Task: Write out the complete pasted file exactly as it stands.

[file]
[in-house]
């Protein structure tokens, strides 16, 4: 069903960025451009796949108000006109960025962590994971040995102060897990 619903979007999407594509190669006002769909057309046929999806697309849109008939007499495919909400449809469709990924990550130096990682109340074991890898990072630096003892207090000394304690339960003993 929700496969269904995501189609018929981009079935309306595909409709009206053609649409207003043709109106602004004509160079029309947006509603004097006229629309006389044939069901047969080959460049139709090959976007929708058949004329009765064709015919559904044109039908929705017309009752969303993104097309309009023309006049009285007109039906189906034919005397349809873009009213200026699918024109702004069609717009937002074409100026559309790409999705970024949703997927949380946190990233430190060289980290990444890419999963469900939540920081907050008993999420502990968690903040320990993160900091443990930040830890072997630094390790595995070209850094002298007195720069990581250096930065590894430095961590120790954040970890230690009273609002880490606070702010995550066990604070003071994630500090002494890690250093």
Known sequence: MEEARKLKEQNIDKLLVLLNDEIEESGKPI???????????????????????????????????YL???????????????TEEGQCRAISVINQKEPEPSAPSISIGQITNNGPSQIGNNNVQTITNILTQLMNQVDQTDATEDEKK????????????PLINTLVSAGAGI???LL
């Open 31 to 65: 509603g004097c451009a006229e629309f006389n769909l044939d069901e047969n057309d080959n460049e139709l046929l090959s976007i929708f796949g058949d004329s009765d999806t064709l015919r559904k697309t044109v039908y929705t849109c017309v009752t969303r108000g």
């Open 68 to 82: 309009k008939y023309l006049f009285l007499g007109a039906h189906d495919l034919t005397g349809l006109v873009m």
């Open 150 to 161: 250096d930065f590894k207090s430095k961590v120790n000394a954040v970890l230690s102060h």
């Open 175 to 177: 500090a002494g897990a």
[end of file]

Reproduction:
[in-house]
């Protein structure tokens, strides 16, 4: 069903960025451009796949108000006109960025962590994971040995102060897990 619903979007999407594509190669006002769909057309046929999806697309849109008939007499495919909400449809469709990924990550130096990682109340074991890898990072630096003892207090000394304690339960003993 929700496969269904995501189609018929981009079935309306595909409709009206053609649409207003043709109106602004004509160079029309947006509603004097006229629309006389044939069901047969080959460049139709090959976007929708058949004329009765064709015919559904044109039908929705017309009752969303993104097309309009023309006049009285007109039906189906034919005397349809873009009213200026699918024109702004069609717009937002074409100026559309790409999705970024949703997927949380946190990233430190060289980290990444890419999963469900939540920081907050008993999420502990968690903040320990993160900091443990930040830890072997630094390790595995070209850094002298007195720069990581250096930065590894430095961590120790954040970890230690009273609002880490606070702010995550066990604070003071994630500090002494890690250093």
Known sequence: MEEARKLKEQNIDKLLVLLNDEIEESGKPI???????????????????????????????????YL???????????????TEEGQCRAISVINQKEPEPSAPSISIGQITNNGPSQIGNNNVQTITNILTQLMNQVDQTDATEDEKK????????????PLINTLVSAGAGI???LL
């Open 31 to 65: 509603g004097c451009a006229e629309f006389n769909l044939d069901e047969n057309d080959n460049e139709l046929l090959s976007i929708f796949g058949d004329s009765d999806t064709l015919r559904k697309t044109v039908y929705t849109c017309v009752t969303r108000g």
């Open 68 to 82: 309009k008939y023309l006049f009285l007499g007109a039906h189906d495919l034919t005397g349809l006109v873009m």
């Open 150 to 161: 250096d930065f590894k207090s430095k961590v120790n000394a954040v970890l230690s102060h």
């Open 175 to 177: 500090a002494g897990a």